Sleep plays an important role in all our lives, but especially for our children. Ensuring your child gets the right amount of high-quality sleep every night can help them to develop and grow, both physically and mentally. If your child is not a great sleeper, don’t panic! There are ways that you can help. From making sure that you have a comfortable mattress for your child, to creating the perfect, soothing bedtime routine. Read on to find out more about how sleep can impact your child’s health.
Ensuring that your child is getting a good night’s sleep is essential for growing their bodies and minds. Sleep allows our bodies to rest and recover, so making sure that your child is getting a deep sleep means that they can grow and adapt as they should. It is also said that children that have a low level of the growth hormone sleep less deeply. You may even notice that your child looks taller in the morning than they did the previous night, and as unlikely as that may seem, it could be true! There is a reason that children tend to feel more growing pains during the night…
Boosts immune system
Sleep is a natural immune booster. For adults as well as children, a good night’s rest goes hand in hand with beating those nasty germs. During sleep, our bodies produce a protein that helps to fight infection and illness, so the more you sleep, the more chance our bodies have of protecting us from germs. Illness can sometimes make us feel tired, this is our body’s way of telling us to rest to aid healing. Studies have shown that in teens, frequent illnesses like colds tend to decline with a period of deep, good quality sleep, so making sure your child is spending enough time resting is key when it comes to staying healthy.
Increased attention span
Attention span is vital for children as they’re growing and learning. When we sleep, we’re not just resting our bodies, but our brains too. It is said that when your child is in a deep sleep, their brains are sorting through information they’ve heard throughout the day and storing it as long-term memories, which could be anything from how to solve a maths problem to how to tie a knot. Deep sleep is great for helping important information take hold, but it is also good for improved concentration throughout the day so that they can focus on tasks and carry out their learning, feeling calm and focused.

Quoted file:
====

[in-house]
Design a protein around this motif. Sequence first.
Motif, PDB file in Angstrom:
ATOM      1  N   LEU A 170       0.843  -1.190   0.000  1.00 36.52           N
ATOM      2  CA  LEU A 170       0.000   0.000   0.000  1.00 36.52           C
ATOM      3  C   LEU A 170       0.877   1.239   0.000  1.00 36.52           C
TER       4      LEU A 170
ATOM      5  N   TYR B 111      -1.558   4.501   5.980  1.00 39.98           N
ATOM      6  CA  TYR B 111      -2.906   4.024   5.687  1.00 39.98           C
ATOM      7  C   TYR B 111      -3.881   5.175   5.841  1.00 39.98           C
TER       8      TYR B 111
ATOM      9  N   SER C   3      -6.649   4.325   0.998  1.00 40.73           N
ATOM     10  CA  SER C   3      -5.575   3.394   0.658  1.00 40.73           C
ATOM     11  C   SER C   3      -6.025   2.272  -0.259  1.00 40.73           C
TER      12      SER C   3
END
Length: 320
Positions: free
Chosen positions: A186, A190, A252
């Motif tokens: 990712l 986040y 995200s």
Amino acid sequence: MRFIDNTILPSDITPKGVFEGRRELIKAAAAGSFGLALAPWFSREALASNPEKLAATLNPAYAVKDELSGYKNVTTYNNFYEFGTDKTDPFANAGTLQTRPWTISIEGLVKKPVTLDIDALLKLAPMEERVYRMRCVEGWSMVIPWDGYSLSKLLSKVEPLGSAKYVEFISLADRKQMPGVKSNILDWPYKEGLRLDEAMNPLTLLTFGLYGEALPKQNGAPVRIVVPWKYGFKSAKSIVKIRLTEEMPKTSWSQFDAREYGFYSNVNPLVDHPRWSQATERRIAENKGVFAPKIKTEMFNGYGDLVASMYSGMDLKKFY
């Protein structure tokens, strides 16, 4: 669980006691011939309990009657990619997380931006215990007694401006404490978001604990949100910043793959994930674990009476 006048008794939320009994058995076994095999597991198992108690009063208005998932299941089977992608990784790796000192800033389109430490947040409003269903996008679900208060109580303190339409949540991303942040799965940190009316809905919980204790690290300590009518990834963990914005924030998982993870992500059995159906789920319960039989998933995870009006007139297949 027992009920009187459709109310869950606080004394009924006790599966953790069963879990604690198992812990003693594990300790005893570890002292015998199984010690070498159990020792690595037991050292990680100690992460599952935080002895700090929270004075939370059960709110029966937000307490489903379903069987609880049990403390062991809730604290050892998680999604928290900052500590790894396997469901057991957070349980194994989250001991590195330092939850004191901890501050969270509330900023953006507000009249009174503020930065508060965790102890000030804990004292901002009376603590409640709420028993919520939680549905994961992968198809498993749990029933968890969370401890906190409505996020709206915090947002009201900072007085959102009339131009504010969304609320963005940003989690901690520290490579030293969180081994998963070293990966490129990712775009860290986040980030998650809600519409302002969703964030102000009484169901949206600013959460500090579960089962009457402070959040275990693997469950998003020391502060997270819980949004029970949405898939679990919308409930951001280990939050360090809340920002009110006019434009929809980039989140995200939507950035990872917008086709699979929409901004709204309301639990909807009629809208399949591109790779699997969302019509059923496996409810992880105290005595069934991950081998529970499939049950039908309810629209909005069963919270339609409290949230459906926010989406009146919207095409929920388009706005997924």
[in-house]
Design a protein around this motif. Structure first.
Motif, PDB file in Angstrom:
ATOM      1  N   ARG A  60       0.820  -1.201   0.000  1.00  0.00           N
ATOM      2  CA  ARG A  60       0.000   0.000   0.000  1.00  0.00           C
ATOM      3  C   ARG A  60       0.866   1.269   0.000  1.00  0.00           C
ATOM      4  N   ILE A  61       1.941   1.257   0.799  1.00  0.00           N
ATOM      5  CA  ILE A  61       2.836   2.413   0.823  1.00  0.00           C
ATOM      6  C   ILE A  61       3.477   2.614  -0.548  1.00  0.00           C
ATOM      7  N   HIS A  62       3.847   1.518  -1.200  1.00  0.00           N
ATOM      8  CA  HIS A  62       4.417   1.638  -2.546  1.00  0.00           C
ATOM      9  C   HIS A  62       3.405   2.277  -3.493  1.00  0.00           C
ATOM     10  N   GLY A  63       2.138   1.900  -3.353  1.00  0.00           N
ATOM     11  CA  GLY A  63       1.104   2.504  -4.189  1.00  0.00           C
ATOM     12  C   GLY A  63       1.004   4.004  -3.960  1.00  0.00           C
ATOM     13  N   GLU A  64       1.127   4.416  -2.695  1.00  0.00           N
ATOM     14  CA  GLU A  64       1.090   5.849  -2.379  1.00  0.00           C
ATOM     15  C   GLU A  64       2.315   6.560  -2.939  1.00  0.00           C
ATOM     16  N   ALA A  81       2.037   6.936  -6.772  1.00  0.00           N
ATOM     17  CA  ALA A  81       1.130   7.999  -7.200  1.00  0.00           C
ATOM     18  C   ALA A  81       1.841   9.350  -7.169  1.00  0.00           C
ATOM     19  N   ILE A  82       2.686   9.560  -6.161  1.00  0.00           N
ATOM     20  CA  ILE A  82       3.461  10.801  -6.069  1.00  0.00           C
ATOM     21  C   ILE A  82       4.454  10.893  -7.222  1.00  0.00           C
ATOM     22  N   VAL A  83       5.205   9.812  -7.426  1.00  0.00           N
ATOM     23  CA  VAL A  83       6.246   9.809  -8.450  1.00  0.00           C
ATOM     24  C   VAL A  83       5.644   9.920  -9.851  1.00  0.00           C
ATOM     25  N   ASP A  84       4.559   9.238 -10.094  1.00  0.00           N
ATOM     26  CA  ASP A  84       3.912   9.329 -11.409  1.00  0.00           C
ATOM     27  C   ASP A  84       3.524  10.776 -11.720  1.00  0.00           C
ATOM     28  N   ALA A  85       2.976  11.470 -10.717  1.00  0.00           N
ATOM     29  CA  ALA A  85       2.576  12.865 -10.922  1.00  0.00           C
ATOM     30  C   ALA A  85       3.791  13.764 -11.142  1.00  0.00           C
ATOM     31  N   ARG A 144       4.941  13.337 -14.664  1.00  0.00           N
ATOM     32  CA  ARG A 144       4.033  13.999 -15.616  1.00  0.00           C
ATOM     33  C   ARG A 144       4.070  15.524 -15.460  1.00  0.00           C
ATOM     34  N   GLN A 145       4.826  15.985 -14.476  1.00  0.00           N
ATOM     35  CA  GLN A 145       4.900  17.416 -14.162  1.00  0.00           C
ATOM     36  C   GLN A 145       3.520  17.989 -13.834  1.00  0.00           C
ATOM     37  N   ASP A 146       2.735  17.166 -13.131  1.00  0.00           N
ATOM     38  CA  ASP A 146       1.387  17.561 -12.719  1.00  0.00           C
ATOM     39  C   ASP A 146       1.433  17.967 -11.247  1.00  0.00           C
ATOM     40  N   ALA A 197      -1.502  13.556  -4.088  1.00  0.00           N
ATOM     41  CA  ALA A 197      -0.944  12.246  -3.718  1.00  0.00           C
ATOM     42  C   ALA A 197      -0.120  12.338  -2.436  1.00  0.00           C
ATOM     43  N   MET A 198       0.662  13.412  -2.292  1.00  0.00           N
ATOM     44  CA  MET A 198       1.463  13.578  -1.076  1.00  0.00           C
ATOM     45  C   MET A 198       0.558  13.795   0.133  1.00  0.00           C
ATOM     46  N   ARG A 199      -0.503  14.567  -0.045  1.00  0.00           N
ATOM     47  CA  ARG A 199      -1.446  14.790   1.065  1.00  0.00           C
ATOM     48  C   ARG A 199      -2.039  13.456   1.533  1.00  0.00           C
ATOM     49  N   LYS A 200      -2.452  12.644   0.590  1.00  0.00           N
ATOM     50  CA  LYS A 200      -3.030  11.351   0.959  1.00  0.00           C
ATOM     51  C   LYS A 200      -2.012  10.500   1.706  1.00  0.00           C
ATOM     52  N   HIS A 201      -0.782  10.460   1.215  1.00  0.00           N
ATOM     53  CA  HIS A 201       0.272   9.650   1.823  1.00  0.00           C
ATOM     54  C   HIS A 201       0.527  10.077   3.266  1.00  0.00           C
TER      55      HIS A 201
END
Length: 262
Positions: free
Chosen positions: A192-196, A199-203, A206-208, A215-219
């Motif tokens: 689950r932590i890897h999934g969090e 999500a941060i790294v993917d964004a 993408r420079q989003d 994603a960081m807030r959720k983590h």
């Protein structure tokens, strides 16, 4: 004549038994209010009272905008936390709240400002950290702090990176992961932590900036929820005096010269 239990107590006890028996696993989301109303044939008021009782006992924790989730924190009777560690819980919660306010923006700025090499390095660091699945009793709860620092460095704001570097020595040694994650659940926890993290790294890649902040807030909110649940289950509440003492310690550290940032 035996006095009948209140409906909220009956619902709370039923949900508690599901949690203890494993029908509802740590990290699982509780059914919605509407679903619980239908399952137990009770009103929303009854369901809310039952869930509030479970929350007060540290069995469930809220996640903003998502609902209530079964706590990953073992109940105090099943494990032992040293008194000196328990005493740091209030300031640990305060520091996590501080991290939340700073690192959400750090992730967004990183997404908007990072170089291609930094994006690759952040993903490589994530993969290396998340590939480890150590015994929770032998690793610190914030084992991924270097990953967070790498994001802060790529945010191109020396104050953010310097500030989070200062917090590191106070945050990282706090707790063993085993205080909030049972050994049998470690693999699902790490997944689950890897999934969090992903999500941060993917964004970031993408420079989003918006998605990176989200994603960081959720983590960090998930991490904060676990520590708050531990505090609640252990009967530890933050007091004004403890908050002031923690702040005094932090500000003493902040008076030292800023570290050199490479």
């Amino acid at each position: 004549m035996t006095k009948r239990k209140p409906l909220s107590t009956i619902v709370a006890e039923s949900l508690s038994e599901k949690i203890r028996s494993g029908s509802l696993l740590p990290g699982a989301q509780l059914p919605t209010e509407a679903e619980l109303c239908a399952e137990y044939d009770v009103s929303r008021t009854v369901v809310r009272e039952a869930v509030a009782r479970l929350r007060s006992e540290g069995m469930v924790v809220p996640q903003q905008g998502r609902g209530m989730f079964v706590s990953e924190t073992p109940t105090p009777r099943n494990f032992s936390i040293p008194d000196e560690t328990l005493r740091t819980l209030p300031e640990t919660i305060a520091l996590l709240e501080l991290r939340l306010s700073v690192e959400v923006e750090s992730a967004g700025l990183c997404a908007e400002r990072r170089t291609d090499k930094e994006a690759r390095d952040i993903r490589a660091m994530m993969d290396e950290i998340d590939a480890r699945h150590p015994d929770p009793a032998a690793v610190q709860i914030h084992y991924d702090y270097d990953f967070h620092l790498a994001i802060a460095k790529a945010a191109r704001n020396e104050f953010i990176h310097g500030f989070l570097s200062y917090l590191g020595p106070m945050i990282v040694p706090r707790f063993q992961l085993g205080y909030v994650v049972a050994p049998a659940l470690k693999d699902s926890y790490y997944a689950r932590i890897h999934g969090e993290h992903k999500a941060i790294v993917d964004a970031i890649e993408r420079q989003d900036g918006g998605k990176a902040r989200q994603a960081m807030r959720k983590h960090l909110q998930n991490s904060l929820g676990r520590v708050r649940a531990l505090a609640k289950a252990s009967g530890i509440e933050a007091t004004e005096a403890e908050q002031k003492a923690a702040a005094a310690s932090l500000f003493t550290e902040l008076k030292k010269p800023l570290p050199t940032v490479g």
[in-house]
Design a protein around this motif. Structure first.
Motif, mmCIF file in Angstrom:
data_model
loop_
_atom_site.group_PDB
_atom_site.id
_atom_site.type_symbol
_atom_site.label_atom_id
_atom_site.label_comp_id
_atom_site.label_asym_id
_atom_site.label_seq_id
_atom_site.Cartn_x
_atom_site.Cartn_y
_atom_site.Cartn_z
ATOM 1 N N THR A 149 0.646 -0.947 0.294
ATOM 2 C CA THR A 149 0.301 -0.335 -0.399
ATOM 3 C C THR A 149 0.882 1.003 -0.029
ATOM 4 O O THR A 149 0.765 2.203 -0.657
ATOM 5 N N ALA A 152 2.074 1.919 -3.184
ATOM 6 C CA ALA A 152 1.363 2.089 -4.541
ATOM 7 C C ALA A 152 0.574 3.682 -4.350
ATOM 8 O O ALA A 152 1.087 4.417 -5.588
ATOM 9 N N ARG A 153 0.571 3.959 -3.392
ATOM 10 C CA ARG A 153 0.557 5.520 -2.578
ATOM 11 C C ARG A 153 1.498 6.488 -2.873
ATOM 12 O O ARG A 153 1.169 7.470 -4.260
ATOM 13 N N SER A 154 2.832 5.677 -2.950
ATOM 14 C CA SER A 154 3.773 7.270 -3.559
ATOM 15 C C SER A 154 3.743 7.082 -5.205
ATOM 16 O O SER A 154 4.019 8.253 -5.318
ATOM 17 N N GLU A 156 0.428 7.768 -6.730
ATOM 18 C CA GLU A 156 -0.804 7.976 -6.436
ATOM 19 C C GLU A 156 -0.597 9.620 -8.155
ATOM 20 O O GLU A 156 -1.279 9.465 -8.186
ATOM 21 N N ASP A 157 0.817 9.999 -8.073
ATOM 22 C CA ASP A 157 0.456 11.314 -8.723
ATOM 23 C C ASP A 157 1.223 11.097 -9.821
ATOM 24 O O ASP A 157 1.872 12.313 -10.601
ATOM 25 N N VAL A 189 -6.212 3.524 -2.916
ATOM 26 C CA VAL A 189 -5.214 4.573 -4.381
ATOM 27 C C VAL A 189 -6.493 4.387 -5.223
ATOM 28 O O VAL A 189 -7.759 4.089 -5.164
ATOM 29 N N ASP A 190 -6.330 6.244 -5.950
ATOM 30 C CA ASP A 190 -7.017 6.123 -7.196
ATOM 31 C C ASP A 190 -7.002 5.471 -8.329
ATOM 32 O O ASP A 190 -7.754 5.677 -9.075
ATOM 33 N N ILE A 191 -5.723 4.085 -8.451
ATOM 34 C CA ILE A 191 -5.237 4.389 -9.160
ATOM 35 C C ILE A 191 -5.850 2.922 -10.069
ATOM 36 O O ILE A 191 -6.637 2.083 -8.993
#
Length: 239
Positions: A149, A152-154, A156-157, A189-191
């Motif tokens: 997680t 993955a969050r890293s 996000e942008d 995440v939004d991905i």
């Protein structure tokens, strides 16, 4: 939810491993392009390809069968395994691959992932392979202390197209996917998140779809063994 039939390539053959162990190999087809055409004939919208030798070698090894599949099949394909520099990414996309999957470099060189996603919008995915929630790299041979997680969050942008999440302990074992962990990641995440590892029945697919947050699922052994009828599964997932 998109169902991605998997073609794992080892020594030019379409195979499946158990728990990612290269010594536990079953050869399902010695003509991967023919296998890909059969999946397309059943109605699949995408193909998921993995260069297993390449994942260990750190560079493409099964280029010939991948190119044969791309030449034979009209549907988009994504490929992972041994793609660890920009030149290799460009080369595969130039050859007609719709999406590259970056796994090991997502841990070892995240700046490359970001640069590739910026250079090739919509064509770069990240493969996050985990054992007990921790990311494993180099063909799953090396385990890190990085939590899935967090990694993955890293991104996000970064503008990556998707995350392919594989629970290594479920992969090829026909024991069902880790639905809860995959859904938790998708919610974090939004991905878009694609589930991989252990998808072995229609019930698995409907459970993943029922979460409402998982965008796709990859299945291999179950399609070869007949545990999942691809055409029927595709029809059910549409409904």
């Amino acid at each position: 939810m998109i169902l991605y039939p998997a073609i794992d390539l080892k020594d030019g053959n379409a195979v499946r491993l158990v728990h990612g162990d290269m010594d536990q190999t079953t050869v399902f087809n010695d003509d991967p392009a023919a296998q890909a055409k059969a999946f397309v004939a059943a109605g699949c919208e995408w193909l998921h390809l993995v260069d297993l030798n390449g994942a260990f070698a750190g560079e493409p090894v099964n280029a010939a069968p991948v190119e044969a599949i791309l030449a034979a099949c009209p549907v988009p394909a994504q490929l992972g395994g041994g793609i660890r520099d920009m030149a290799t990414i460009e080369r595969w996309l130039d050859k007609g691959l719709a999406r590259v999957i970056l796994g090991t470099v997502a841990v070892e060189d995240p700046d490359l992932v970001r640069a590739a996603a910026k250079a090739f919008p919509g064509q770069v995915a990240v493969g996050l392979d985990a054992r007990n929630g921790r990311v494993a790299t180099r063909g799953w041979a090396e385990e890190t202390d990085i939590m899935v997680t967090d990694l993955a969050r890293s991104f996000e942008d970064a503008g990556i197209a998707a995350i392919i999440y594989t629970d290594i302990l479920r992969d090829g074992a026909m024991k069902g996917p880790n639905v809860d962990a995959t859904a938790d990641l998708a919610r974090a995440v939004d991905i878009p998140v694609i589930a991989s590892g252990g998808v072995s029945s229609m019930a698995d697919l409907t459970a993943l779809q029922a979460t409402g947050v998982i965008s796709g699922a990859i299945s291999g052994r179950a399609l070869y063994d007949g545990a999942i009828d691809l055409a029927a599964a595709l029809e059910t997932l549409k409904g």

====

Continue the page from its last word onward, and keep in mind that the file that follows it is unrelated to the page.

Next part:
How to help your child
If your child is struggling to sleep soundly, and you’re finding that it is having a negative impact, there are a few things that you can do to help, and they might not be too different to how you help yourself get to sleep!
Create a routine
Creating a routine means that your child can wind down for bed. A constant, unchanging bedtime routine signals to them that it’s time to start getting ready to rest. Doing this means you can avoid any excitement that may keep your child awake too close to bedtime, and it means that you can make sure they’re getting the same amount of sleep each night. You should make sure the routine lasts no more than 30-40 minutes, and that your child’s bedtime is no later than 9pm.
As adults, reading before we go to sleep can be a relaxing way for us to unwind, and it’s the same for kids! Reading your child a bedtime story is a good way of soothing and relaxing them, ready to send them off into a restful night’s sleep. It can help them learn and creates a calm atmosphere for them to drift off.
Create a sleepy atmosphere
Make sure your child’s room is providing them with the best environment to fall asleep in. You should ensure that the room is not too hot or too cold so that they become restless during the night. You should also make sure that there’s no light seeping through any crack in the curtains that could be a signal to their brains that it’s time to wake up, especially in the summer months when the nights are shorter. Ensuring your child’s room is comfortable and cosy is the best way to ensure an undisturbed sleep.